Scottish Independence Referendum and the Edinburgh Fringe Festival

This weekend I went to my first and possibly Britain’s last Fringe Festival. With the independence referendum (or #indyref in the latest of the events to be titled ‘the first ___ on Twitter’) next month and Glasgow’s Commonwealth Games just finishing as the Fringe kicked off, nationalist fervour was all around in Scotland’s most prominent city. Of course a few days after there was the televised between Alistair Darling and Alex Salmond.

Posters and stickers saying ‘Yes’ signs plaster windows and posts in the centre; the question which is being answered is known by all. I did not notice any ‘No’ signs. This reflects a vibrant, ‘grass-roots’ yes campaign.

On Saturday I went to “All Back to Bowie’s”; the idea being that the yurp in which the event was staged was in fact David Bowie’s roof, hosted by the affable David Greig. As a singer came up to perform, I wondered if I was in the wrong place and this was a Bowie tribute rather than a discussion about independence. However, I stuck around and the music was quite good. I was in the right place however; next up, a playwright Peter Arnott imagined Walter Scott’s patronising anger at attempts to break up the union. Each day the show picks a theme related to the indyref, and this day the theme was the Scottish Establishment. In a discussion that followed, Cameron Wyllie, deputy head of a prestigious Edinburgh private school (his position as a minor public figure in the city is interesting, perhaps partly explained by the high proportion of children at private schools in Edinburgh; the figure is a quarter); Andrew Tickell, a blogger and legal academic; and Mandy Rhodes, Managing Director of Holyrood Communications, joined Greig.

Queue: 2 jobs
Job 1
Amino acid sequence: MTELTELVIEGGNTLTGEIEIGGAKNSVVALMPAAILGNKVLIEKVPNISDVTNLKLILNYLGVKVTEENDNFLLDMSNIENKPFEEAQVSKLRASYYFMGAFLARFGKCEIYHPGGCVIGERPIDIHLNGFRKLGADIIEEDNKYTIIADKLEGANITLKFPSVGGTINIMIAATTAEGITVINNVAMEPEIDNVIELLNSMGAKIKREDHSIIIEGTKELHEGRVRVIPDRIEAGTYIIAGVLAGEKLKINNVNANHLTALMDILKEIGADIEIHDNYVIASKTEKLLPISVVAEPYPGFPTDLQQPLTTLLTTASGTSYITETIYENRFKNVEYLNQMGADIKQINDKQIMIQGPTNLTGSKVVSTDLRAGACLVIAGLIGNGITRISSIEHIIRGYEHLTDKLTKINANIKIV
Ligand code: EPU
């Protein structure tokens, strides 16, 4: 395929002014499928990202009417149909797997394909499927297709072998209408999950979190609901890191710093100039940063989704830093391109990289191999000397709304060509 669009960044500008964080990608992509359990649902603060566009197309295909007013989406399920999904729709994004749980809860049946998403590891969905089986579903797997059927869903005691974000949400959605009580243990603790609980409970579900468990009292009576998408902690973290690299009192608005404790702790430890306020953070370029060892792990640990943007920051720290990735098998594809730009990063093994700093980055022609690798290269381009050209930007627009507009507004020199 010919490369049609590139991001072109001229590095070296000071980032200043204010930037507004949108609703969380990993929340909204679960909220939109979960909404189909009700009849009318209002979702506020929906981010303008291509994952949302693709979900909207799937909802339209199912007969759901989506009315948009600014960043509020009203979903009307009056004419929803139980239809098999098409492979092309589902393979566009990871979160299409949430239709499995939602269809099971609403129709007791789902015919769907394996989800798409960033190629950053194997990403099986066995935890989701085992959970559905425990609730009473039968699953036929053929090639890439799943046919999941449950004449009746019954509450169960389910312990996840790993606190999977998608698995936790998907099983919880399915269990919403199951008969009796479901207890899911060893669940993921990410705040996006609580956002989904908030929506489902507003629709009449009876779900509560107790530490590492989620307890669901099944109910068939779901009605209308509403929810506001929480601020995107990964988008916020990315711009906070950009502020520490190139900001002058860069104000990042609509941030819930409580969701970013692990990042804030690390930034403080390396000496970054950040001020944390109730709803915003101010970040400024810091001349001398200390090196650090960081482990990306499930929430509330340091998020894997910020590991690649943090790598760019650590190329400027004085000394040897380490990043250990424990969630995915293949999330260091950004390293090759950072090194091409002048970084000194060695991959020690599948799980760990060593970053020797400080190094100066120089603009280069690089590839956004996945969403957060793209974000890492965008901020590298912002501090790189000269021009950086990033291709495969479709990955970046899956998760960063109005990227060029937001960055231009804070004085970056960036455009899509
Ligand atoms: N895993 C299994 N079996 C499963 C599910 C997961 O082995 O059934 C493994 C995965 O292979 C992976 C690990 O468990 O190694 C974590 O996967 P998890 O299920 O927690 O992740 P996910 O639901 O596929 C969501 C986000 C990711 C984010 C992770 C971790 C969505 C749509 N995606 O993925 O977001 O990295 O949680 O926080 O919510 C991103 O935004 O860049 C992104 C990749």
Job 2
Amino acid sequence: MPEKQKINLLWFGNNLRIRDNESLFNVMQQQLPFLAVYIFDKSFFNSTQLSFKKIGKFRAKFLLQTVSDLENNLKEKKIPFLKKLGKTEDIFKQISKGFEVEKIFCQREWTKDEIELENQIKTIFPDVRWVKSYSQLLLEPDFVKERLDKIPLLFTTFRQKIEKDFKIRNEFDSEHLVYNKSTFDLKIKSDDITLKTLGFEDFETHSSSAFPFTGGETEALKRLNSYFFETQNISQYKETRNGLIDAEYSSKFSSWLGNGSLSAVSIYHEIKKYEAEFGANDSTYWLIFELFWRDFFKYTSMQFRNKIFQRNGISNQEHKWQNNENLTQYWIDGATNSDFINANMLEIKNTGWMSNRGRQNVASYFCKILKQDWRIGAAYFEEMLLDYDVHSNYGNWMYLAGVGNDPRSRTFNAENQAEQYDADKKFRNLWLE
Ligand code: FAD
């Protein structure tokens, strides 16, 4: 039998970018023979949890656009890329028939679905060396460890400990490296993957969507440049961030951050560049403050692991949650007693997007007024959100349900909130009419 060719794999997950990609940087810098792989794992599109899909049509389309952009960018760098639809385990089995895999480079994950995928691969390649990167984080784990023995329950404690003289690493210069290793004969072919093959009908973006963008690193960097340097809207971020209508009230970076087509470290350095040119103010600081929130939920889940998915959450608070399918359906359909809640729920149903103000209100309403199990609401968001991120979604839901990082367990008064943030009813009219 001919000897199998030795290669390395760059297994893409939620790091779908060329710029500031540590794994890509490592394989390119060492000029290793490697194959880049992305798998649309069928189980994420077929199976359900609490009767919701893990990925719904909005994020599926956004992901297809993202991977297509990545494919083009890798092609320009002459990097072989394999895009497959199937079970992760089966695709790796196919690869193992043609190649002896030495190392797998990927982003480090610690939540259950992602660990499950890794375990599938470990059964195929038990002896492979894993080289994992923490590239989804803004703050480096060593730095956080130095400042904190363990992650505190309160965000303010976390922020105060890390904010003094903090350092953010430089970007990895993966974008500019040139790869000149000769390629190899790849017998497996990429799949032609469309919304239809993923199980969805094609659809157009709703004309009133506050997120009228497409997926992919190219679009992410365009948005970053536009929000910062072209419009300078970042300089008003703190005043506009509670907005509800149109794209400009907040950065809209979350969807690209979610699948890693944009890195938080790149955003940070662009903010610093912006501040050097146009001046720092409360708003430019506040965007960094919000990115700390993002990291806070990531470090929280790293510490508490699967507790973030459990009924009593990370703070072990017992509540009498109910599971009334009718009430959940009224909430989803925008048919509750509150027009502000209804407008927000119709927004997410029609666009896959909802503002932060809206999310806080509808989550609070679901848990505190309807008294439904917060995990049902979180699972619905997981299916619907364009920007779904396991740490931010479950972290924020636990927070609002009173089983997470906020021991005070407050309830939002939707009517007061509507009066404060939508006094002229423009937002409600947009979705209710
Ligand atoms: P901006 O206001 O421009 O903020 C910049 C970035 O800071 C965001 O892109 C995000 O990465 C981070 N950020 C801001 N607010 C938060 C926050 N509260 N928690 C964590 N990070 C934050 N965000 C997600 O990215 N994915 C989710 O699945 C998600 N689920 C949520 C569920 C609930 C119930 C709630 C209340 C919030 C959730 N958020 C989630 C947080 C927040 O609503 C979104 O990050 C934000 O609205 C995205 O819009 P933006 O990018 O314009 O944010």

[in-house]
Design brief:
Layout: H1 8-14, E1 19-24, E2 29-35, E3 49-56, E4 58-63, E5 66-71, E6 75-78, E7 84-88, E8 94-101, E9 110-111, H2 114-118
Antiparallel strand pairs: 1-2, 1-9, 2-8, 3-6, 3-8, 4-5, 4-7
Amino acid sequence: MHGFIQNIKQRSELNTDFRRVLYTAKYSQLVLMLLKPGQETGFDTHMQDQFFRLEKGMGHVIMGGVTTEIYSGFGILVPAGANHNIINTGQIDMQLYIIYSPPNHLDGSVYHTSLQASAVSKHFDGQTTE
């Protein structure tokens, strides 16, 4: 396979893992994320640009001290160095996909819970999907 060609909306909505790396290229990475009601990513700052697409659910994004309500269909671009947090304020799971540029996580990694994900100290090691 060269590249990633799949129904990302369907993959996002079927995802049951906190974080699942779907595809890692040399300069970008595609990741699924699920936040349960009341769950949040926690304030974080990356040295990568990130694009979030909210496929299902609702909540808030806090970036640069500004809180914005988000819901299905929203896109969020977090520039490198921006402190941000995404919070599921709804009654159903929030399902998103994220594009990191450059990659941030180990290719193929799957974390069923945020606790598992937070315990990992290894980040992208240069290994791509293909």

The discussion highlighted three things for me:

 

  • Whatever happens in the debate, Scotland has changed. There was no conditions in the assumption of a new establishment after the referendum. Furthermore, many have commented on the political interest of a younger generation in this debate. Where this will flow after September is unknown.

 

  • English should be wary about intruding into the debate assuming they have all the answers. I ended up not asking the questions that half-formed in my head because I actually felt very out of the loop compared to the speakers, despite having read and thought about the issue a lot. The British (read English) ‘establishment’ warning Scots they cannot survive on their own comes across, needless to say, as patronising and galvanising for the yes supporters. Furthermore, whereas south of the border we have not fully grasped that a large proportion of our country may soon disappear, in Scotland the issue has been omnipresent. I struggled to keep up with the nuances of the arguments presented.

 

  • This is an argument of heart, not head, however much it is framed otherwise. The unionists talk of the economic insecurities of an independent Scotland and the prospect of Scotland constructing the skeleton of a new nation-state is daunting. Furthermore while Scotland believes it has little say in national policy, neither, of course, does any other region of the United Kingdom. But all of this could be largely insignificant to someone who feels they are far more Scottish than British. I imagine to some extent people find justifications to be on the side of the debate which matches to their own self-identity.

 

Elsewhere, the Fringe was an eclectic mix. It is strange to remark that the Fringe is a much English as Scottish: the omnipresent BBC; the vast troupe of English performers and the mass of Southern attendees. The elaborate web of links between Scotland and England exemplified at the Fringe is about to get shaken up.

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